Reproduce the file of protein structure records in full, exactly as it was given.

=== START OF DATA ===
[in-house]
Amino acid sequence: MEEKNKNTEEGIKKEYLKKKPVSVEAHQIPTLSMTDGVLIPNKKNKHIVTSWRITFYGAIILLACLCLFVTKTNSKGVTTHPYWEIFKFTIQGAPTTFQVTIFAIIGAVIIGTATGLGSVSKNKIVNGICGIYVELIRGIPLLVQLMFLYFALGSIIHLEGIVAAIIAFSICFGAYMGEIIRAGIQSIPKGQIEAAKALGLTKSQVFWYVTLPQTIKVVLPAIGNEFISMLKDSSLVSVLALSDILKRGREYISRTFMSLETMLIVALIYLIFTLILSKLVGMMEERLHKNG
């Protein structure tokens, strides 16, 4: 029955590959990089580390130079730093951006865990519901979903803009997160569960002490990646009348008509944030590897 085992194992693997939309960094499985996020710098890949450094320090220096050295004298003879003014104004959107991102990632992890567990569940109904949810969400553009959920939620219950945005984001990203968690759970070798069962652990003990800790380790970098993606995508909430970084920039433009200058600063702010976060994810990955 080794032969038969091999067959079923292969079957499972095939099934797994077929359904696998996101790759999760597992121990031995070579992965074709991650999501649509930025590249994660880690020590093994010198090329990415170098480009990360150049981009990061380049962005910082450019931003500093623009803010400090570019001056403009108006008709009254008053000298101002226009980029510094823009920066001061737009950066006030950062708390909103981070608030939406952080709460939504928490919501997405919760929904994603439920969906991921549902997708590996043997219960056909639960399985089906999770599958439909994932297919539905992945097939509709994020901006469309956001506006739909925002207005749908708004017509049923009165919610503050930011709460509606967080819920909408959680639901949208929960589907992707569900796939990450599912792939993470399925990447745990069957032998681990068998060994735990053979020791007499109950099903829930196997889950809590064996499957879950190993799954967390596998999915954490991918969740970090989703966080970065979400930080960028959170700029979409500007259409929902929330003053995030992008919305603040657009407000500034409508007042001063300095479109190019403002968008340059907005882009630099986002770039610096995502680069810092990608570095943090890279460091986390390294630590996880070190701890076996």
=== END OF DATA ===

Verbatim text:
[in-house]
Amino acid sequence: MEEKNKNTEEGIKKEYLKKKPVSVEAHQIPTLSMTDGVLIPNKKNKHIVTSWRITFYGAIILLACLCLFVTKTNSKGVTTHPYWEIFKFTIQGAPTTFQVTIFAIIGAVIIGTATGLGSVSKNKIVNGICGIYVELIRGIPLLVQLMFLYFALGSIIHLEGIVAAIIAFSICFGAYMGEIIRAGIQSIPKGQIEAAKALGLTKSQVFWYVTLPQTIKVVLPAIGNEFISMLKDSSLVSVLALSDILKRGREYISRTFMSLETMLIVALIYLIFTLILSKLVGMMEERLHKNG
């Protein structure tokens, strides 16, 4: 029955590959990089580390130079730093951006865990519901979903803009997160569960002490990646009348008509944030590897 085992194992693997939309960094499985996020710098890949450094320090220096050295004298003879003014104004959107991102990632992890567990569940109904949810969400553009959920939620219950945005984001990203968690759970070798069962652990003990800790380790970098993606995508909430970084920039433009200058600063702010976060994810990955 080794032969038969091999067959079923292969079957499972095939099934797994077929359904696998996101790759999760597992121990031995070579992965074709991650999501649509930025590249994660880690020590093994010198090329990415170098480009990360150049981009990061380049962005910082450019931003500093623009803010400090570019001056403009108006008709009254008053000298101002226009980029510094823009920066001061737009950066006030950062708390909103981070608030939406952080709460939504928490919501997405919760929904994603439920969906991921549902997708590996043997219960056909639960399985089906999770599958439909994932297919539905992945097939509709994020901006469309956001506006739909925002207005749908708004017509049923009165919610503050930011709460509606967080819920909408959680639901949208929960589907992707569900796939990450599912792939993470399925990447745990069957032998681990068998060994735990053979020791007499109950099903829930196997889950809590064996499957879950190993799954967390596998999915954490991918969740970090989703966080970065979400930080960028959170700029979409500007259409929902929330003053995030992008919305603040657009407000500034409508007042001063300095479109190019403002968008340059907005882009630099986002770039610096995502680069810092990608570095943090890279460091986390390294630590996880070190701890076996």